Now, LA’s Megadeth are known for a few different things: frontman and founder Dave Mustaine‘s occasionally controversial politically influenced lyrics, insane guitar solos by the bucketful, and the fact that they produce thrash metal that puts bands half their age to shame. However, latest effort ‘Super Collider’ seems to be as much an experiment as the enormous particle-hurling device after which it is named.
Of course, there are still some quality thrash tracks here, and you’d struggle to have a true Megadeth album at hand here without them. ‘Kingmaker’ and ‘Built For War’ kick things into overdrive as they hurtle through tremolo-picked riffs and Mustaine‘s trademark sweeping solos.
The blistering shredded intro of ‘Burn!’ is truly a thing to behold, but the song itself, along with a rather interesting cover of Thin Lizzy‘s ‘Cold Sweat’ are reminiscent of a simpler age when heavy metal dominated the airwaves and The Big Four ruled the scene. That really is where the similarities to 2009’s ‘Endgame’ and 2011’s ‘Thirteen’ end, with less harsh vocals and a slightly slower pace (which in all honesty is still fairly fast). Title-track ‘Super Collider’ is more of a hard rock anthem, with a catchy toe-tapping chorus.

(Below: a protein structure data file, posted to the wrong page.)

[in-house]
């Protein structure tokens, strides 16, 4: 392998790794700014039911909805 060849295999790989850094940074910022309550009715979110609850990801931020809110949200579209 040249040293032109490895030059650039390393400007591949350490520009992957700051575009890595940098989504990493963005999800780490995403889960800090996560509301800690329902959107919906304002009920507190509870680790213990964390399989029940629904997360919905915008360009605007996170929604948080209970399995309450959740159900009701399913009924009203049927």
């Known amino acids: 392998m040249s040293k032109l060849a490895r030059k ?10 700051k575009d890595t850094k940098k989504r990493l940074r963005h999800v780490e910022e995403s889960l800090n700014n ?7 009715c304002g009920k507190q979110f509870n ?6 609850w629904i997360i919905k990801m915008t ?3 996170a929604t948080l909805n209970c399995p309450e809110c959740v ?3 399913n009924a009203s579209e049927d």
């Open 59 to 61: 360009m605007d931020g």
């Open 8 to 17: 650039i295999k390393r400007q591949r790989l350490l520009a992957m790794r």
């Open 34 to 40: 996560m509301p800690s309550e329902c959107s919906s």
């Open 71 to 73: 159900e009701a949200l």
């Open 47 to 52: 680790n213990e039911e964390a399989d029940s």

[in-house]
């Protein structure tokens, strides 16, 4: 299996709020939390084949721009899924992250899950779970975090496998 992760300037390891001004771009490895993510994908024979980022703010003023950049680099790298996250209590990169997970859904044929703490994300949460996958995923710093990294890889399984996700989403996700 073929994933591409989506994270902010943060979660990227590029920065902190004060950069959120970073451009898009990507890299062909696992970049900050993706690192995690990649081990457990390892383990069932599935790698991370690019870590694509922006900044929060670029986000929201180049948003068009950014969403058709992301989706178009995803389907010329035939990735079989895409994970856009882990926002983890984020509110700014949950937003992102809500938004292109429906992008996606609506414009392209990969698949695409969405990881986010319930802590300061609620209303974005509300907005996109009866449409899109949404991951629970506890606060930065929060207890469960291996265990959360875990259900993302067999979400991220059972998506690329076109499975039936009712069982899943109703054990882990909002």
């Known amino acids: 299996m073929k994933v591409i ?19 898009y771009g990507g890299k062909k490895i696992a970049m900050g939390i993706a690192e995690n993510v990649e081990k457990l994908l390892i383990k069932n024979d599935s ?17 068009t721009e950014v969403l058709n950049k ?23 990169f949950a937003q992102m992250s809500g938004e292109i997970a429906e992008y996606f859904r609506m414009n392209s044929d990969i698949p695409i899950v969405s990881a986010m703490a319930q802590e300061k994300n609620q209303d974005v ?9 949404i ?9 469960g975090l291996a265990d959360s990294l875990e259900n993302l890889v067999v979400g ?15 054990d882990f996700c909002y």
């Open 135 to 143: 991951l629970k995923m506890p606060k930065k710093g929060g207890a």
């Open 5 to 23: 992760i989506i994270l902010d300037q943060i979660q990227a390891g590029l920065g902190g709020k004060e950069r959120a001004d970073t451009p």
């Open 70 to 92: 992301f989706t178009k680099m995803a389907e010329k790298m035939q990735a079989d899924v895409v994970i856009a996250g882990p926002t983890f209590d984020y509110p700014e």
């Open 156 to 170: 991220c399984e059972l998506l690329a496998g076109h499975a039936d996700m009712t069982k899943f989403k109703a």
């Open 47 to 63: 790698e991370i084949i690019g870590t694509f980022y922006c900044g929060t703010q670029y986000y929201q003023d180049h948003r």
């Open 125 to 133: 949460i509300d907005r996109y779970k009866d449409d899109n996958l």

‘Dance In The Rain’, which features David Draiman of Disturbed, starts promisingly, with spoken-word tales of corporate angst over a powerful back beat. Disappointingly though, the momentum trails off when it’s Draiman‘s turn to take his stand to the microphone and subsequently falls flat, a shame to not get the best from a talented and unique vocalist.
The real gems on the album, however, are the wildcards; the sublimely bluesy intro of ‘Don’t Turn Your Back…’ and the fantastic banjo-driven (yes, that’s right, Megadeth with a banjo) ‘The Blackest Crow’, which gives Mustaine a legitimate case for forming a folk metal side-project. With the multitude of shifts in tempo and perfect merging of voracious metal guitar and relentless banjo wizardry, this should immediately become part of the band’s live set.
‘Super Collider’ may not be the typical Megadeth fan’s favourite album, probably far from it, but it’s a pleasantly unexpected offering that continues to display the versatility of one of the greatest bands in thrash metal.
Written by Ben Hammond